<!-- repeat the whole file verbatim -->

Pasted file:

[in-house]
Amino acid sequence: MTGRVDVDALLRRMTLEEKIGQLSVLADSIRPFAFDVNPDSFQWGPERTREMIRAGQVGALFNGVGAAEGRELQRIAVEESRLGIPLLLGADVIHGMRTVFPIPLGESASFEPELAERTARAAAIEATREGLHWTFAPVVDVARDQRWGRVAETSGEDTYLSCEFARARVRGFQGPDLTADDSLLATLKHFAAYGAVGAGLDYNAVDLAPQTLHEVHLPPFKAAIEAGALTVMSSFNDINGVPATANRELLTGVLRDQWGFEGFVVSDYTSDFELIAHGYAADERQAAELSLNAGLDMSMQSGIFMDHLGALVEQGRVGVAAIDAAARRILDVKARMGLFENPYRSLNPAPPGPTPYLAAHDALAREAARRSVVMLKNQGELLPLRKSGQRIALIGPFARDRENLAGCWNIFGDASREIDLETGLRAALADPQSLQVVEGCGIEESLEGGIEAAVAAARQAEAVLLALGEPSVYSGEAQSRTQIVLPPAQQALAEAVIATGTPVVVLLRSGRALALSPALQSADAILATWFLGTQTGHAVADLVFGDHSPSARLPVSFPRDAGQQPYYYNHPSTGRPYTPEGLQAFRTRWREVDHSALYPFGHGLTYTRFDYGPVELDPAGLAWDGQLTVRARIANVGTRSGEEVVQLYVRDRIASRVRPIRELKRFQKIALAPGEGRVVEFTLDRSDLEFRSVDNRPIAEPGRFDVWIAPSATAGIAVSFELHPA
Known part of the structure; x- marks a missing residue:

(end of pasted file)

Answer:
[in-house]
Amino acid sequence: MTGRVDVDALLRRMTLEEKIGQLSVLADSIRPFAFDVNPDSFQWGPERTREMIRAGQVGALFNGVGAAEGRELQRIAVEESRLGIPLLLGADVIHGMRTVFPIPLGESASFEPELAERTARAAAIEATREGLHWTFAPVVDVARDQRWGRVAETSGEDTYLSCEFARARVRGFQGPDLTADDSLLATLKHFAAYGAVGAGLDYNAVDLAPQTLHEVHLPPFKAAIEAGALTVMSSFNDINGVPATANRELLTGVLRDQWGFEGFVVSDYTSDFELIAHGYAADERQAAELSLNAGLDMSMQSGIFMDHLGALVEQGRVGVAAIDAAARRILDVKARMGLFENPYRSLNPAPPGPTPYLAAHDALAREAARRSVVMLKNQGELLPLRKSGQRIALIGPFARDRENLAGCWNIFGDASREIDLETGLRAALADPQSLQVVEGCGIEESLEGGIEAAVAAARQAEAVLLALGEPSVYSGEAQSRTQIVLPPAQQALAEAVIATGTPVVVLLRSGRALALSPALQSADAILATWFLGTQTGHAVADLVFGDHSPSARLPVSFPRDAGQQPYYYNHPSTGRPYTPEGLQAFRTRWREVDHSALYPFGHGLTYTRFDYGPVELDPAGLAWDGQLTVRARIANVGTRSGEEVVQLYVRDRIASRVRPIRELKRFQKIALAPGEGRVVEFTLDRSDLEFRSVDNRPIAEPGRFDVWIAPSATAGIAVSFELHPA
Known part of the structure; x- marks a missing residue: